More information about asteroids and near-Earth objects is available at: http://neo.jpl.nasa.gov/ , http://www.jpl.nasa.gov/asteroidwatch and via Twitter at http://www.twitter.com/asteroidwatch .

More information about asteroid radar research is at: http://echo.jpl.nasa.gov/ .

More information about the Deep Space Network is at: http://deepspace.jpl.nasa.gov/dsn .


Story Source:

The above story is based on materials provided by NASA/Jet Propulsion Laboratory. Note: Materials may be edited for content and length.


Cite This Page:

NASA/Jet Propulsion Laboratory. "Radar images of Asteroid 2005 WK4." ScienceDaily. ScienceDaily, 21 August 2013. <www.sciencedaily.com/releases/2013/08/130821150129.htm>.
NASA/Jet Propulsion Laboratory. (2013, August 21). Radar images of Asteroid 2005 WK4. ScienceDaily. Retrieved September 18, 2014 from www.sciencedaily.com/releases/2013/08/130821150129.htm
NASA/Jet Propulsion Laboratory. "Radar images of Asteroid 2005 WK4." ScienceDaily. www.sciencedaily.com/releases/2013/08/130821150129.htm (accessed September 18, 2014).

Share This



More Space & Time News

Thursday, September 18, 2014

Featured Research

from universities, journals, and other organizations


Featured Videos

from AP, Reuters, AFP, and other news services

Boeing, SpaceX to Send Astronauts to Space Station

Boeing, SpaceX to Send Astronauts to Space Station

AFP (Sep. 17, 2014) — NASA selected Boeing and SpaceX on Tuesday to build America's next spacecraft to carry astronauts to the International Space Station (ISS) by 2017, opening the way to a new chapter in human spaceflight. Duration: 01:13 Video provided by AFP
Powered by NewsLook.com
East Coast Treated To Rare Meteor Sighting

East Coast Treated To Rare Meteor Sighting

Newsy (Sep. 16, 2014) — Numerous residents along the East Coast reported seeing a bright meteor flash through the sky Sunday night. Video provided by Newsy
Powered by NewsLook.com
Space Race Pits Bezos Vs Musk

Space Race Pits Bezos Vs Musk

Reuters - Business Video Online (Sep. 16, 2014) — Amazon CEO Jeff Bezos' startup will team up with Boeing and Lockheed to develop rocket engines as Elon Musk races to have his rockets certified. Fred Katayama reports. Video provided by Reuters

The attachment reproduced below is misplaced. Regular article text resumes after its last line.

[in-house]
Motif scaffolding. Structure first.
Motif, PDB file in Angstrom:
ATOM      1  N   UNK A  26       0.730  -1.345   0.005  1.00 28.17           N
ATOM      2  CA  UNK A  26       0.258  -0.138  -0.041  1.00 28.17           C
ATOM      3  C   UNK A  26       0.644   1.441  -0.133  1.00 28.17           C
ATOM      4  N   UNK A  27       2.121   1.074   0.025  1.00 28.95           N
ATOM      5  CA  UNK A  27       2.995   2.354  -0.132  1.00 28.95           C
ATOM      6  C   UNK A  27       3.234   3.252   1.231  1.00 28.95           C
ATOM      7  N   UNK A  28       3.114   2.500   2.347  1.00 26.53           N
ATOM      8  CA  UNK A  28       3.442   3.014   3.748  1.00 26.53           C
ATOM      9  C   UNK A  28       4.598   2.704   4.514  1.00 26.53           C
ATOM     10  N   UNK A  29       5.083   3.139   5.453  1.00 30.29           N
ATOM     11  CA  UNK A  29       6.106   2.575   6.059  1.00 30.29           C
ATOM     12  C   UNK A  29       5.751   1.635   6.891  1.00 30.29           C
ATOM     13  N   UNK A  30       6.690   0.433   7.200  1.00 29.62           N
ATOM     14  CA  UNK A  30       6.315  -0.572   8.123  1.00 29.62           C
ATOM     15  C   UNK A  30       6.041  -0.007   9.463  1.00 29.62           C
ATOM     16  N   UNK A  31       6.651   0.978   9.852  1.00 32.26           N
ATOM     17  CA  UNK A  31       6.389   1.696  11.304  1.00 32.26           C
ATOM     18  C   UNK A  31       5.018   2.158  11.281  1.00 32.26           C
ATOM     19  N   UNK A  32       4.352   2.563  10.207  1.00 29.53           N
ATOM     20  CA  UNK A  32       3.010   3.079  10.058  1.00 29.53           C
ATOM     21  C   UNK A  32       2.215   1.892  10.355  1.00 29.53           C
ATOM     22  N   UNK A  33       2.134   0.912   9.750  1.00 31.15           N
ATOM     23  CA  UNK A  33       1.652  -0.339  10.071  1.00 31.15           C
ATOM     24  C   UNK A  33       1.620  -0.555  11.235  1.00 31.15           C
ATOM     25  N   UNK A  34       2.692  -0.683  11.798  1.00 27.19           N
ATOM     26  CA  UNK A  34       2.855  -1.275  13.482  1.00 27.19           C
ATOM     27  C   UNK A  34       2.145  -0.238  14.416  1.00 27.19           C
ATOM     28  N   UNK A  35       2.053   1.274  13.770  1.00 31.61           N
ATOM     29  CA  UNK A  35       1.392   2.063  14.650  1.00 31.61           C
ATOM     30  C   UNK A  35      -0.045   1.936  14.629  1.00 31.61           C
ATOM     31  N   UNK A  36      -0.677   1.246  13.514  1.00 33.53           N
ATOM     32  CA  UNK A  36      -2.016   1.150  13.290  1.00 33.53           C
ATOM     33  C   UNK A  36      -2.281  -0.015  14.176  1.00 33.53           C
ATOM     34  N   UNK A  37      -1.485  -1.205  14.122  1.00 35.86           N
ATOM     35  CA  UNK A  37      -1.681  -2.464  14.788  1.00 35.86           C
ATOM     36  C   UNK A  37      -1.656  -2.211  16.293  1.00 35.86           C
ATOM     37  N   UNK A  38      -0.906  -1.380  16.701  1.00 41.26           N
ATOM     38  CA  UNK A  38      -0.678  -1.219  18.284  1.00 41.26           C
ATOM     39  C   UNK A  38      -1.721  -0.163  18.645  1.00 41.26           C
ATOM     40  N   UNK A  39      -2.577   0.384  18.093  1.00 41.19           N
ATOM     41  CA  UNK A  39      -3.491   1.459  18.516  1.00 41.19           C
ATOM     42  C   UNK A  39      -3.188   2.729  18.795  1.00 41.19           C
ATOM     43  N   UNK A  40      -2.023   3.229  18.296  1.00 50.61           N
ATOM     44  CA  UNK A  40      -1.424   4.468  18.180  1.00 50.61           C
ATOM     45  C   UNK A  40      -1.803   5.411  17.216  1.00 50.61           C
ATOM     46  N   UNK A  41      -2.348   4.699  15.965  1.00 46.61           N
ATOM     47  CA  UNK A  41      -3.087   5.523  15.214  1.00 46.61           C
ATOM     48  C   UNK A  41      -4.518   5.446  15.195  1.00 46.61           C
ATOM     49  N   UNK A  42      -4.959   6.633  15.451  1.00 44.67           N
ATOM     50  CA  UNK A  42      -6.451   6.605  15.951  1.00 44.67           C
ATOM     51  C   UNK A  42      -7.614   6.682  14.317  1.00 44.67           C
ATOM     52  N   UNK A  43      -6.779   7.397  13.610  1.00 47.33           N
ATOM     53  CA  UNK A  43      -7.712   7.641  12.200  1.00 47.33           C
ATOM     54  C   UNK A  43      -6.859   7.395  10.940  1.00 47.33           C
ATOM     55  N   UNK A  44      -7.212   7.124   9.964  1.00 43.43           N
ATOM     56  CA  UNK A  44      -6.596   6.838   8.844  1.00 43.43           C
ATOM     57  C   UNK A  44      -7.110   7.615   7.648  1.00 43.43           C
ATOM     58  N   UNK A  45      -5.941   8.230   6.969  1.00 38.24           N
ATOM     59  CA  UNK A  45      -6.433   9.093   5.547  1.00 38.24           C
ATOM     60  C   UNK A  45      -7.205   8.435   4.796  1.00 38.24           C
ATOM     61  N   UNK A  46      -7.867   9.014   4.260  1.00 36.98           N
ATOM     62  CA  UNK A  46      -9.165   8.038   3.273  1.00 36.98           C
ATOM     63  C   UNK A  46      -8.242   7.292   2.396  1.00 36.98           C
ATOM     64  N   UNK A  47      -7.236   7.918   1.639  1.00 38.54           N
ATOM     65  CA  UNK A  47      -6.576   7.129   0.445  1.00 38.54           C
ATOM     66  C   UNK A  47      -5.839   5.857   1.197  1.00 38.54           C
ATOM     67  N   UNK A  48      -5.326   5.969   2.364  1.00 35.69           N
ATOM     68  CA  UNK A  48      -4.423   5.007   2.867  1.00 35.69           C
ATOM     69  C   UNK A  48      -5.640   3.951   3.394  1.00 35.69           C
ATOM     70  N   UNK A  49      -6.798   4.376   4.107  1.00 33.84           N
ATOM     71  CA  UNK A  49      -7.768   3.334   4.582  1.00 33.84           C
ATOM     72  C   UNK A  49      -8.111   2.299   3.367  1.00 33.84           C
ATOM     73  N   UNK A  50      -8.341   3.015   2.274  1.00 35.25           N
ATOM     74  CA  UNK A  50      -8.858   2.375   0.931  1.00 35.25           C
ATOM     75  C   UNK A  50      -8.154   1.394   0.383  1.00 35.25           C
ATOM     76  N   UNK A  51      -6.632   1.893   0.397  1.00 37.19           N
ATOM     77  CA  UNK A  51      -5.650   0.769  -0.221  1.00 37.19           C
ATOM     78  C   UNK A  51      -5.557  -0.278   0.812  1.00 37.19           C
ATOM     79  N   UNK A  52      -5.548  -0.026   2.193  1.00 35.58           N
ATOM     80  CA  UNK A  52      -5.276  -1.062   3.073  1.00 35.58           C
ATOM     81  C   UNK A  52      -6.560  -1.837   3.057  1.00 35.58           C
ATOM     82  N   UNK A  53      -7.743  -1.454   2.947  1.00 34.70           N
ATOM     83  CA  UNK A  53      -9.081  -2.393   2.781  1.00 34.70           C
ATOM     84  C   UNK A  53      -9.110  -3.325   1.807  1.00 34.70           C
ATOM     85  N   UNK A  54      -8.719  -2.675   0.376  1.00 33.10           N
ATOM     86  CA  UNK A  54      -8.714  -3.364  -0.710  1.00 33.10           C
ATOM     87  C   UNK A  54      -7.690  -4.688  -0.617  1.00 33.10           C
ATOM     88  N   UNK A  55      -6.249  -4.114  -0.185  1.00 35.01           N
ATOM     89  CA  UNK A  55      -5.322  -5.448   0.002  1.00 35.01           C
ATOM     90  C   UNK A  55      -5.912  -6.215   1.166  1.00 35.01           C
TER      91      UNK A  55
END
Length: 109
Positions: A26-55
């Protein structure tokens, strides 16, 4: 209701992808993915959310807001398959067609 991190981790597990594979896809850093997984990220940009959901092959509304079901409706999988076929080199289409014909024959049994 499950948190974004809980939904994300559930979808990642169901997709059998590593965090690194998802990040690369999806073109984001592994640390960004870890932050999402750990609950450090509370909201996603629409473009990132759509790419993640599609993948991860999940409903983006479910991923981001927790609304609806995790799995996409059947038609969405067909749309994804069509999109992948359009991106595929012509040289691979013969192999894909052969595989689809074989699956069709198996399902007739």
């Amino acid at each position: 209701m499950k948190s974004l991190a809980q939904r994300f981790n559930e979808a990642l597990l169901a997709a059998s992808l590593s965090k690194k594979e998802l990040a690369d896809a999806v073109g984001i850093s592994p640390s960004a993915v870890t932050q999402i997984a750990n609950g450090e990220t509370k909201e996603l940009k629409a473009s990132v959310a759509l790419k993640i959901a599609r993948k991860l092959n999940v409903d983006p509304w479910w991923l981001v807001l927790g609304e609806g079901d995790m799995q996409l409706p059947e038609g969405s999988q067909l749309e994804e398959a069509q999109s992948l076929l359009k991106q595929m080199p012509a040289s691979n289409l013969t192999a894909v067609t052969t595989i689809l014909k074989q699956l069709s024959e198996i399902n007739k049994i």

Powered by NewsLook.com
NASA Picks Boeing and SpaceX to Ferry Astronauts

NASA Picks Boeing and SpaceX to Ferry Astronauts

AP (Sep. 16, 2014) — NASA is a giant step closer to launching Americans again from U.S. soil. It has announced it has picked Boeing and SpaceX to transport astronauts to the International Space Station in the next few years. (Sept. 16) Video provided by AP
Powered by NewsLook.com

Search ScienceDaily

Number of stories in archives: 140,361

Find with keyword(s):
 
Enter a keyword or phrase to search ScienceDaily for related topics and research stories.

Save/Print:
Share:  

Breaking News:
from the past week

In Other News

... from NewsDaily.com

Science News

Health News

Environment News

Technology News



Save/Print:
Share:  

Free Subscriptions


Get the latest science news with ScienceDaily's free email newsletters, updated daily and weekly. Or view hourly updated newsfeeds in your RSS reader:

Get Social & Mobile


Keep up to date with the latest news from ScienceDaily via social networks and mobile apps:

Have Feedback?


Tell us what you think of ScienceDaily -- we welcome both positive and negative comments. Have any problems using the site? Questions?
Mobile iPhone Android Web
Follow Facebook Twitter Google+
Subscribe RSS Feeds Email Newsletters
Latest Headlines Health & Medicine Mind & Brain Space & Time Matter & Energy Computers & Math Plants & Animals Earth & Climate Fossils & Ruins